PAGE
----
Results of the review
Forty studies were included, with over 3,500 participants (range 16 to 306): 13/40 studies were at low risk of bias for sequence generation, 1/40 for allocation concealment, 23/40 for blinding, 30/40 for completeness of outcome data, 37/40 for selective reporting and 39/40 for other forms of bias. Study reporting was often too poor to allow an adequate assessment of risk of bias
Sixteen out of 40 studies reported that the intervention was associated with a significant improvement in neuropsychiatric symptoms according to at least one measure. Improvement was usually of small magnitude and only two studies reported a clinically significant benefit from the intervention. There was no significant difference between the groups in the other 24 studies. No studies compared non pharmacological versus pharmacological interventions
Feasibility was rated as low or medium with respect to staff training requirements for 39/40 interventions, with respect to direct costs for 14/40 interventions and respect to time requirements for 19/40 interventions.
Several non-pharmacological interventions may improve neuropsychiatric symptoms of dementia in individuals in long-term care. Interventions included staff training, mental health consultation, psychosocial activities and sensory stimulation. However, insufficient high-quality evidence was available and the feasibility of some interventions appeared limited.
The objectives and inclusion criteria of the review were clear and relevant sources were searched for studies, but restriction by language meant that studies may have been missed. It was unclear whether the search was also limited by publication status, and the risk of publication bias was not discussed. Appropriate steps were taken to reduce the risk of reviewer bias and error in conducting review processes. Few details were reported about the interventions or the comparators (commonly "usual care").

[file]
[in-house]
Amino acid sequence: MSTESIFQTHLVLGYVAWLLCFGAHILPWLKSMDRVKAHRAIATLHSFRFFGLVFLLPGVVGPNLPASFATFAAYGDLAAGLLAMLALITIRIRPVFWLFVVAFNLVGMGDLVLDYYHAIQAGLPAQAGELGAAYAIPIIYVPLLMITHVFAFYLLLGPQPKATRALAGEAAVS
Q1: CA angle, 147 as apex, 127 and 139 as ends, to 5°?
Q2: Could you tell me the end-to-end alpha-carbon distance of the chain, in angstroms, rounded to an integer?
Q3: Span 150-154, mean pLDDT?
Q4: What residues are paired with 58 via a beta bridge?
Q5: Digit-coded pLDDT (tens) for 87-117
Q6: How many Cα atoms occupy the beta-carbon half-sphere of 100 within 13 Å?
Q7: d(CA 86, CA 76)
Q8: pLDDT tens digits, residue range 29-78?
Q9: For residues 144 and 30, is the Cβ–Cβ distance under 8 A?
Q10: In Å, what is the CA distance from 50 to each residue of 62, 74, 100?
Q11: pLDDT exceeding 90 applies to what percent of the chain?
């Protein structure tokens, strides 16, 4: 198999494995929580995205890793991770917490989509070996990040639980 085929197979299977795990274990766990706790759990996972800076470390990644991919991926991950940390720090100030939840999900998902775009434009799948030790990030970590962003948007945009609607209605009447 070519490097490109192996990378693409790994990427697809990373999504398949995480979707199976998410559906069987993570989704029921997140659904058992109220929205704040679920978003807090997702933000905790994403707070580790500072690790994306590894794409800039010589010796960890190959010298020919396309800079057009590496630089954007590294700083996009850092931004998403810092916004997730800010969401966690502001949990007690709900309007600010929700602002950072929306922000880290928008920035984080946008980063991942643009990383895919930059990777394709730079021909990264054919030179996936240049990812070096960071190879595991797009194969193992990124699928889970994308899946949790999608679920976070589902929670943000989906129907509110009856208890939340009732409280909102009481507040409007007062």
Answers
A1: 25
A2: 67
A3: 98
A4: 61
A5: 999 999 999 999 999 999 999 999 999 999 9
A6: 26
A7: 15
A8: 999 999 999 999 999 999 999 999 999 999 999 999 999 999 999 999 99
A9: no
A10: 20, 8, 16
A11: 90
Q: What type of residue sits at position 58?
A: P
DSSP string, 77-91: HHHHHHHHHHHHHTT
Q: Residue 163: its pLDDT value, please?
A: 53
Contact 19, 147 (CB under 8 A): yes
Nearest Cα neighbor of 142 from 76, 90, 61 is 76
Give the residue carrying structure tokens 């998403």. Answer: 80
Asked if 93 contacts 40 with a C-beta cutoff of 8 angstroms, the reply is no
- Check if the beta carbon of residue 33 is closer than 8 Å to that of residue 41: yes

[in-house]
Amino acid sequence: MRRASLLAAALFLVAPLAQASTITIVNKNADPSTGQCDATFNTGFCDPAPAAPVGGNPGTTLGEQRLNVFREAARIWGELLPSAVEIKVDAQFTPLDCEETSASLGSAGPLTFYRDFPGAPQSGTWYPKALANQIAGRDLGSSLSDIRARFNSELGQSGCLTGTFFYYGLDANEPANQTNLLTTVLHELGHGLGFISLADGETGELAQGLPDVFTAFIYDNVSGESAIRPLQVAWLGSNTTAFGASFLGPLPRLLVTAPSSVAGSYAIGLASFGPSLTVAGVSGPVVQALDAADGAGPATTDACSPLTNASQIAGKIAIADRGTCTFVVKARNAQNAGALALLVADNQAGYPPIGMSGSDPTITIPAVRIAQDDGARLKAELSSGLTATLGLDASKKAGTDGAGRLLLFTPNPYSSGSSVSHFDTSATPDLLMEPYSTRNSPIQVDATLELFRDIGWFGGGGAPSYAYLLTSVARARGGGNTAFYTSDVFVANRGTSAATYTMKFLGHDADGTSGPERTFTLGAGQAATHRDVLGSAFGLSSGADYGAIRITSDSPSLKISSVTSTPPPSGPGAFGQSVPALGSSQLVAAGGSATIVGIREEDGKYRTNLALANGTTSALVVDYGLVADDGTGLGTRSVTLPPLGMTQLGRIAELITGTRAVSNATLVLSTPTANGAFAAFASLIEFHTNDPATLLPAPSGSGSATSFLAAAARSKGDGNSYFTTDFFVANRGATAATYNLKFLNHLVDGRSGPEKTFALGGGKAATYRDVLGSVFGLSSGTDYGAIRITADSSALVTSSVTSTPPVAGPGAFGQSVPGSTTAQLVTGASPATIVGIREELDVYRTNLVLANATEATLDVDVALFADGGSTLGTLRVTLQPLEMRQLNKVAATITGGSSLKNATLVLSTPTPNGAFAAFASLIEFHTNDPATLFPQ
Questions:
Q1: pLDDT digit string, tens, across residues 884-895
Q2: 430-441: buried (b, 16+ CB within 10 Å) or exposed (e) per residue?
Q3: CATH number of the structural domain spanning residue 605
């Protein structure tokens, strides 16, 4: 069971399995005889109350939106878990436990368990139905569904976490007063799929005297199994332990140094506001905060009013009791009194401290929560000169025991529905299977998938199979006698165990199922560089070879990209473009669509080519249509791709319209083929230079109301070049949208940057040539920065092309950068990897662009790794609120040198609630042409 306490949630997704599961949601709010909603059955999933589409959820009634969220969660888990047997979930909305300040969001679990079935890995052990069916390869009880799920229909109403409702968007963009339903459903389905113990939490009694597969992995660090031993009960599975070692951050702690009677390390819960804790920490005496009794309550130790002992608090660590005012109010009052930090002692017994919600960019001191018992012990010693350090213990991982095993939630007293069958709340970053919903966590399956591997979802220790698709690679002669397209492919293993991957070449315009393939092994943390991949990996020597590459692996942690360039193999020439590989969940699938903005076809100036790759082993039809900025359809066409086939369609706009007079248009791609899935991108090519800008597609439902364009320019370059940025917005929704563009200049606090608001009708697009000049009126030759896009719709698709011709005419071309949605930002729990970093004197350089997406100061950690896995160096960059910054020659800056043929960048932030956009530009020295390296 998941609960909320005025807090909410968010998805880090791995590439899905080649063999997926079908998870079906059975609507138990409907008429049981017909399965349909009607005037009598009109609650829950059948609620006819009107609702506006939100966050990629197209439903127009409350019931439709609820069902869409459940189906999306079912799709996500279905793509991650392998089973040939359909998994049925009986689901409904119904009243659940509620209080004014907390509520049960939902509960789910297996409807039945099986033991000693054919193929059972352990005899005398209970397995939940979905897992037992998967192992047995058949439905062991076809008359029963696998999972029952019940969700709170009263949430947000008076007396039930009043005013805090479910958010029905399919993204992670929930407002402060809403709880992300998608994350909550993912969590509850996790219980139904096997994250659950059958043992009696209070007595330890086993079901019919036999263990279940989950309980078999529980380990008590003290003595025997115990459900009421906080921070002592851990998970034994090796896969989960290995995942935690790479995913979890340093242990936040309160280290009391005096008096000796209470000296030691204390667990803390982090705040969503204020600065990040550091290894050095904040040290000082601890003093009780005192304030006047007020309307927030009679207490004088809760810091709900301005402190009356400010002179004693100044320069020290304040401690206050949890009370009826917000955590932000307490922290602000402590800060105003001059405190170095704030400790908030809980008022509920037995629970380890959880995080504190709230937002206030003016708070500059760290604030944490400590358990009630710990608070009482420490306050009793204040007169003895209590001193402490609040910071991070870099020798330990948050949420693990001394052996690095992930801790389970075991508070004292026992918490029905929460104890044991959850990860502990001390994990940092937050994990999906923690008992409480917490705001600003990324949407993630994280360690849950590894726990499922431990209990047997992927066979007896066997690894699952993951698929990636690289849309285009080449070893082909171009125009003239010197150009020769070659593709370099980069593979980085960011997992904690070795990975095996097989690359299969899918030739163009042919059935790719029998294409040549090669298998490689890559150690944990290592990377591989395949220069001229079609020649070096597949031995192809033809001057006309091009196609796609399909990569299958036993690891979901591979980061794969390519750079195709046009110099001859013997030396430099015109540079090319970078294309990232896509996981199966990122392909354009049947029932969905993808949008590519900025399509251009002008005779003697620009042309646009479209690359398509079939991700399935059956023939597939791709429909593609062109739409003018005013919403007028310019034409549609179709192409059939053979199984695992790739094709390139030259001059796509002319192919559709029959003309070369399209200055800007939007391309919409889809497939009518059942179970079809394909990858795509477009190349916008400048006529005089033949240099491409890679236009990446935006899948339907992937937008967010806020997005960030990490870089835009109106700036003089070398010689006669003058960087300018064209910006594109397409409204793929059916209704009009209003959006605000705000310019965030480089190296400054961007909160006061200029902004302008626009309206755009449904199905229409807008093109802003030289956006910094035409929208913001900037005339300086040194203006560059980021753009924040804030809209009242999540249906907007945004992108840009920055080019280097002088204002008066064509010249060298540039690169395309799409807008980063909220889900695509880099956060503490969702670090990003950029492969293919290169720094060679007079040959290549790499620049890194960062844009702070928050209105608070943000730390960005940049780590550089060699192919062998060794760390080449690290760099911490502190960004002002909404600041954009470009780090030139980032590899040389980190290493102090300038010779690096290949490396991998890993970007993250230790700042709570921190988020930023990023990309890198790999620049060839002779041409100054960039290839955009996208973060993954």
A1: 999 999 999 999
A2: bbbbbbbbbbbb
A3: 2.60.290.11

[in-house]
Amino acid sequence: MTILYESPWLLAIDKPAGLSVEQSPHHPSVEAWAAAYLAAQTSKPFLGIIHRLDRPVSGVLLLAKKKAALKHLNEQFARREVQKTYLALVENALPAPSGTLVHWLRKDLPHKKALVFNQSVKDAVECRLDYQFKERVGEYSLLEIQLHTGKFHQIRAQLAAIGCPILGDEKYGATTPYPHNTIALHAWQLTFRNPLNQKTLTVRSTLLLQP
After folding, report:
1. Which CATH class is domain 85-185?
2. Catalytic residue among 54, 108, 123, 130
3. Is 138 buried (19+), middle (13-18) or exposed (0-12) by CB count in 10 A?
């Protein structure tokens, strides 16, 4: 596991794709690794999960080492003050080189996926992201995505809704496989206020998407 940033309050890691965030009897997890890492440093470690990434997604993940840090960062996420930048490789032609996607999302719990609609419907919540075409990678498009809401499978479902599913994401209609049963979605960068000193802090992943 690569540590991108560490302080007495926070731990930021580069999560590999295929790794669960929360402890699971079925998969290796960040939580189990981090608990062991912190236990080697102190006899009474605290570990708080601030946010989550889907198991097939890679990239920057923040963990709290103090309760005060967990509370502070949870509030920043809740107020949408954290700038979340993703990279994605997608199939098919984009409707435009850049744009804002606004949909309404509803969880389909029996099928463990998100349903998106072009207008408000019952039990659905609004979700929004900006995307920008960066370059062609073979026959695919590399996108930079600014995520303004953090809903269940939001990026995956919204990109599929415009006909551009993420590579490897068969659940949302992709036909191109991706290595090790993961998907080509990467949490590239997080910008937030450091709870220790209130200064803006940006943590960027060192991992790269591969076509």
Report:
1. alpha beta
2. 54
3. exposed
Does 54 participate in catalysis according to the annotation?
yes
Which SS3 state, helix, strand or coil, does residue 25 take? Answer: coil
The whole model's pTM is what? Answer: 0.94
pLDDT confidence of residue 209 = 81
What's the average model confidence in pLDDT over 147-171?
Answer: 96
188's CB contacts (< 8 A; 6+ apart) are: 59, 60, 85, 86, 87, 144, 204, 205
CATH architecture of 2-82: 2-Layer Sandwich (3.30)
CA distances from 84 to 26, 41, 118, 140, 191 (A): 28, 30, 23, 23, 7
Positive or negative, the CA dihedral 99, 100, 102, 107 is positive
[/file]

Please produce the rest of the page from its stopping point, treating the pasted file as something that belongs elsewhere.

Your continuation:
As the authors stated, the studies were methodologically and clinically too different to combine, and many studies were limited by failure to specify a primary outcome, reporting of multiple outcomes and small size. It was unclear how the review authors determined which of the statistically significant study findings were likely to be clinically meaningful. The assessment of feasibility appeared reasonable but as most trials were done in North America the generalisability of the findings to other settings was uncertain. Despite some limitations in the review, the authors conclusions appear reliable.
Implications of the review for practice and research
Practice: Authors did not state any implications for practice.
Research: Authors stated that studies were needed to assess the effectiveness of non pharmacological interventions for neuropsychiatric symptoms of dementia implemented as part of routine care by long-term care staff, and to develop pragmatic strategies to manage such symptoms.
Canadian Institutes of Health Research Knowledge Synthesis Grant.
Seitz DP, Brisbin S, Herrmann N, Rapoport MJ, Wilson K, Gill SS, Rines J, Le Clair K, Conn D. Efficacy and feasibility of nonpharmacological interventions for neuropsychiatric symptoms of dementia in long term care: a systematic review. Journal of the American Medical Directors Association 2012; 13(6): 503-506.e2
Subject indexing assigned by NLM
Aged; Behavior Therapy; Caregivers /education; Clinical Trials as Topic; Dementia /psychology /therapy; Evidence-Based Medicine; Exercise Therapy; Humans; Music Therapy; Psychomotor Agitation /psychology /therapy
Date bibliographic record published
Date abstract record published
This is a critical abstract of a systematic review that meets the criteria for inclusion on DARE. Each critical abstract contains a brief summary of the review methods, results and conclusions followed by a detailed critical assessment on the reliability of the review and the conclusions drawn.